Set Error Handler

The default error handler for PHP is the built in error handler. We are going to make the function above the default error handler for the duration of the script.

It is possible to change the error handler to apply for only some errors, that way the script can handle different errors in different ways. However, in this example we are going to use our custom error handler for all errors:

set_error_handler("customError");

Since we want our custom function to handle all errors, the set_error_handler() only needed one parameter, a second parameter could be added to specify an error level.

Example

Testing the error handler by trying to output variable that does not exist:

<?php
//error handler function
function customError($errno, $errstr)
 { 
 echo "<b>Error:</b> [$errno] $errstr";
 }
//set error handler
set_error_handler("customError");
//trigger error
echo($test);
?>

The output of the code above should be something like this:

Error: [8] Undefined variable: test


Trigger an Error

In a script where users can input data it is useful to trigger errors when an illegal input occurs. In PHP, this is done by the trigger_error() function.

Example

In this example an error occurs if the "test" variable is bigger than "1":

<?php
$test=2;
if ($test>1)
{
trigger_error("Value must be 1 or below");
}
?>

The output of the code above should be something like this:

Notice: Value must be 1 or below
in C:\webfolder\test.php on line 6

An error can be triggered anywhere you wish in a script, and by adding a second parameter, you can specify what error level is triggered.

Possible error types:

  • E_USER_ERROR - Fatal user-generated run-time error. Errors that can not be recovered from. Execution of the script is halted
  • E_USER_WARNING - Non-fatal user-generated run-time warning. Execution of the script is not halted
  • E_USER_NOTICE - Default. User-generated run-time notice. The script found something that might be an error, but could also happen when running a script normally

Example

In this example an E_USER_WARNING occurs if the "test" variable is bigger than "1". If an E_USER_WARNING occurs we will use our custom error handler and end the script:

<?php
//error handler function
function customError($errno, $errstr)
 { 
 echo "<b>Error:</b> [$errno] $errstr<br />";
 echo "Ending Script";
 die();
 }
//set error handler
set_error_handler("customError",E_USER_WARNING);
//trigger error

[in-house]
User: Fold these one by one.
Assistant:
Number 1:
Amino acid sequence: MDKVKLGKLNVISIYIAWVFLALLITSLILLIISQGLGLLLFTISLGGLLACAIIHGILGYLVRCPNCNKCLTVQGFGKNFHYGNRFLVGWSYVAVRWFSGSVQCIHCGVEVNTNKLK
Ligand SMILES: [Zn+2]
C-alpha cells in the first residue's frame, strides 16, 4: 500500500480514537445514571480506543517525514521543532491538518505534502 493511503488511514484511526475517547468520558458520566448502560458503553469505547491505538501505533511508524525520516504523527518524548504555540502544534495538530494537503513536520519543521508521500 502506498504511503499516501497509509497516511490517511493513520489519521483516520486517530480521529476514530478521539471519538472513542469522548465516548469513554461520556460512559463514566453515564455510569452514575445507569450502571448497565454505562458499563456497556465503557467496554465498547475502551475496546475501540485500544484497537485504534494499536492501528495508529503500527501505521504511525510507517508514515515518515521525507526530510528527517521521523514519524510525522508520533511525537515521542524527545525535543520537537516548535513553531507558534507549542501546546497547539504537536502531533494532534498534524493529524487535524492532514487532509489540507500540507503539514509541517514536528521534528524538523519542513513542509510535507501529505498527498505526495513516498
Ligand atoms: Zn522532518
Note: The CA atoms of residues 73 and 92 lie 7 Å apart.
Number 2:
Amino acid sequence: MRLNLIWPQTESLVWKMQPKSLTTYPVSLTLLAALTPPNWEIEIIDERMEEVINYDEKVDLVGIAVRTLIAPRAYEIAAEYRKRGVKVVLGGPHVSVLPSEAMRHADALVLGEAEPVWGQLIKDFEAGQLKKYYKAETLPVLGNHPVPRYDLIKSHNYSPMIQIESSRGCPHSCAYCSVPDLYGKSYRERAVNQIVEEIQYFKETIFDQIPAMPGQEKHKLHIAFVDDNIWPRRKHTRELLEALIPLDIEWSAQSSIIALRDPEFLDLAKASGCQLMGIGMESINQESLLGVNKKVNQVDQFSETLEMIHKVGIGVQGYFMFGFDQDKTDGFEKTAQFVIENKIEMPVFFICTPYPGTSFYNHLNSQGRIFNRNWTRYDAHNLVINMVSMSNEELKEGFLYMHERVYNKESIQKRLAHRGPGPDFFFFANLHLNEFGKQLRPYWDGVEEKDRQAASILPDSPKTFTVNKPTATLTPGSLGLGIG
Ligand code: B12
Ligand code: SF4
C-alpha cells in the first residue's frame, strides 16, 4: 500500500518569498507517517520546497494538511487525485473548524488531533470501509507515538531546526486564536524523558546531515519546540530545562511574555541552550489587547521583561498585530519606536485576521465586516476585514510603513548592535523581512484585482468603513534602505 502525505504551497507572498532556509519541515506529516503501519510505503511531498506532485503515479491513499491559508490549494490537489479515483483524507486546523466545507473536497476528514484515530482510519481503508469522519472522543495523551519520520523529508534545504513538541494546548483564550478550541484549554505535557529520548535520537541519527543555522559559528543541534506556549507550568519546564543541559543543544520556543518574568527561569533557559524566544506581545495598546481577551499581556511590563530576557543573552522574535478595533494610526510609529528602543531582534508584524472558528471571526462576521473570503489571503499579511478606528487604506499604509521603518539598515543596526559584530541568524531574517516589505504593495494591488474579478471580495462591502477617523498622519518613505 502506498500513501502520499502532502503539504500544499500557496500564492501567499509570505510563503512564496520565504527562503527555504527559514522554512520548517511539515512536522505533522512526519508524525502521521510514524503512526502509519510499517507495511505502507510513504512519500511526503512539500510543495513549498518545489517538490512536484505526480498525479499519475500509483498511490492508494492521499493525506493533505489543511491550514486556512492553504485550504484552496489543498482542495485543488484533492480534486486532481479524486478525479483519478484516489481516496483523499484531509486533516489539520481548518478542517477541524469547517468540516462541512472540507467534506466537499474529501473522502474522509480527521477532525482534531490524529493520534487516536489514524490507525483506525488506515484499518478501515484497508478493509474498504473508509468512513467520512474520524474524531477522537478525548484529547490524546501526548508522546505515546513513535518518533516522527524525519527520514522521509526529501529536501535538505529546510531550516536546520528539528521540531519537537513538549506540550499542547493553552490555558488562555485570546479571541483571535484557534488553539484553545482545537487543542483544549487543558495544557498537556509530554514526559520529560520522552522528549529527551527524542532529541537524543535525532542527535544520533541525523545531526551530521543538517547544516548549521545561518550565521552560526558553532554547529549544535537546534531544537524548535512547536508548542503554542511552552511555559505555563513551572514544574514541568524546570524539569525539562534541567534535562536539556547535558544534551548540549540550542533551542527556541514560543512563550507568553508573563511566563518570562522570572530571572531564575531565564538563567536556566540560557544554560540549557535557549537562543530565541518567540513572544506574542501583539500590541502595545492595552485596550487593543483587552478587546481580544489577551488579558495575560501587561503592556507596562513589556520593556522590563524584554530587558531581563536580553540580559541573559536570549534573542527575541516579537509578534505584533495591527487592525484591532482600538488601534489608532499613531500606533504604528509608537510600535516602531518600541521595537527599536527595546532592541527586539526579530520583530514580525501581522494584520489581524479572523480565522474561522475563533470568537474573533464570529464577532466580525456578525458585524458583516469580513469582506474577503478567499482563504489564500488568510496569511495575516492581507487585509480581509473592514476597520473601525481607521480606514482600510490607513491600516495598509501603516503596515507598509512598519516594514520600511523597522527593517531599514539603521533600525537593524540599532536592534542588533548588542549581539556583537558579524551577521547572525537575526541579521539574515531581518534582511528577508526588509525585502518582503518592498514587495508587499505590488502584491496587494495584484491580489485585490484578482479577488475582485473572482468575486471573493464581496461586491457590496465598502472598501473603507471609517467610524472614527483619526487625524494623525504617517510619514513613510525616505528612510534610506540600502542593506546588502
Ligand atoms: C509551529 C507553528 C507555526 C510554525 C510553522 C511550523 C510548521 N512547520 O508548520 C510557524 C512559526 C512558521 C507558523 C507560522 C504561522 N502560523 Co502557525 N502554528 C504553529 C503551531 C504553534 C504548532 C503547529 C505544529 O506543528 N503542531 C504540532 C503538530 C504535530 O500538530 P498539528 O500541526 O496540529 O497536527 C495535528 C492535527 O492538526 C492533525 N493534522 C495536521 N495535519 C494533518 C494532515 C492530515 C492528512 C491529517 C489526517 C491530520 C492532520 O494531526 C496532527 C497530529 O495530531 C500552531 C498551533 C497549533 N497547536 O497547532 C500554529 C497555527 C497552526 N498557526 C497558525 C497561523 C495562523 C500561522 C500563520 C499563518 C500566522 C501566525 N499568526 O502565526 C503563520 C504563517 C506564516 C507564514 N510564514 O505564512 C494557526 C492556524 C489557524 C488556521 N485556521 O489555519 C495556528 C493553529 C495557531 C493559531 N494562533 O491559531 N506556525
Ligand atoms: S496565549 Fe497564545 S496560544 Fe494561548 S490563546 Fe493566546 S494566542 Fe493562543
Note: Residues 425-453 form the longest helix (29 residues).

$test=2;
if ($test>1)
 {
 trigger_error("Value must be 1 or below",E_USER_WARNING);
 }
?>
 

The output of the code above should be something like this:

Error: [512] Value must be 1 or below
Ending Script

Now that we have learned to create our own errors and how to trigger them, lets take a look at error logging.


Error Logging

By default, PHP sends an error log to the servers logging system or a file, depending on how the error_log configuration is set in the php.ini file. By using the error_log() function you can send error logs to a specified file or a remote destination.

Sending errors messages to yourself by e-mail can be a good way of getting notified of specific errors.

Send an Error Message by E-Mail

In the example below we will send an e-mail with an error message and end the script, if a specific error occurs:

<?php
//error handler function
function customError($errno, $errstr)
 { 
 echo "<b>Error:</b> [$errno] $errstr<br />";
 echo "Webmaster has been notified";
 error_log("Error: [$errno] $errstr",1,
 "someone@example.com","From: webmaster@example.com");
}
//set error handler
set_error_handler("customError",E_USER_WARNING);
//trigger error
$test=2;
if ($test>1)
 {
 trigger_error("Value must be 1 or below",E_USER_WARNING);
 }
?>

The output of the code above should be something like this:

Error: [512] Value must be 1 or below
Webmaster has been notified

And the mail received from the code above looks like this:

Error: [512] Value must be 1 or below

This should not be used with all errors. Regular errors should be logged on the server using the default PHP logging system.